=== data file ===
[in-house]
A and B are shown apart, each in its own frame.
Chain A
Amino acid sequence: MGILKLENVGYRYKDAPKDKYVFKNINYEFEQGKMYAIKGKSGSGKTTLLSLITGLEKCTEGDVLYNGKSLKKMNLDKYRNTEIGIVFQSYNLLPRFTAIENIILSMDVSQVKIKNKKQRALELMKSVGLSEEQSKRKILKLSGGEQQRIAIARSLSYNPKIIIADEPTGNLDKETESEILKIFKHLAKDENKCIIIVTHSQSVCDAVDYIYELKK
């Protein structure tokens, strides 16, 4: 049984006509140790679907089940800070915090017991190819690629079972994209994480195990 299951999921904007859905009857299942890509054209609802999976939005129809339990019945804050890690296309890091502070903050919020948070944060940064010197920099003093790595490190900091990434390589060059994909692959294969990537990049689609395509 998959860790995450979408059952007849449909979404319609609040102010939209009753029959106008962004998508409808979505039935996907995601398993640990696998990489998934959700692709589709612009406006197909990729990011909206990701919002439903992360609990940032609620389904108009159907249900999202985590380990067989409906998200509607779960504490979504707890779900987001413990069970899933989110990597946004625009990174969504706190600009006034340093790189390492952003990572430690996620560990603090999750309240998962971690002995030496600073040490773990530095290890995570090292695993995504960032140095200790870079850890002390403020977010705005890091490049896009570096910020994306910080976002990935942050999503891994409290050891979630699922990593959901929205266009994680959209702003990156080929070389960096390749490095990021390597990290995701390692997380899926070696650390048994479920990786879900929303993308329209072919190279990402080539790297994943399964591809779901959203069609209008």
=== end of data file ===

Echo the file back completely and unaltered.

[in-house]
A and B are shown apart, each in its own frame.
Chain A
Amino acid sequence: MGILKLENVGYRYKDAPKDKYVFKNINYEFEQGKMYAIKGKSGSGKTTLLSLITGLEKCTEGDVLYNGKSLKKMNLDKYRNTEIGIVFQSYNLLPRFTAIENIILSMDVSQVKIKNKKQRALELMKSVGLSEEQSKRKILKLSGGEQQRIAIARSLSYNPKIIIADEPTGNLDKETESEILKIFKHLAKDENKCIIIVTHSQSVCDAVDYIYELKK
């Protein structure tokens, strides 16, 4: 049984006509140790679907089940800070915090017991190819690629079972994209994480195990 299951999921904007859905009857299942890509054209609802999976939005129809339990019945804050890690296309890091502070903050919020948070944060940064010197920099003093790595490190900091990434390589060059994909692959294969990537990049689609395509 998959860790995450979408059952007849449909979404319609609040102010939209009753029959106008962004998508409808979505039935996907995601398993640990696998990489998934959700692709589709612009406006197909990729990011909206990701919002439903992360609990940032609620389904108009159907249900999202985590380990067989409906998200509607779960504490979504707890779900987001413990069970899933989110990597946004625009990174969504706190600009006034340093790189390492952003990572430690996620560990603090999750309240998962971690002995030496600073040490773990530095290890995570090292695993995504960032140095200790870079850890002390403020977010705005890091490049896009570096910020994306910080976002990935942050999503891994409290050891979630699922990593959901929205266009994680959209702003990156080929070389960096390749490095990021390597990290995701390692997380899926070696650390048994479920990786879900929303993308329209072919190279990402080539790297994943399964591809779901959203069609209008």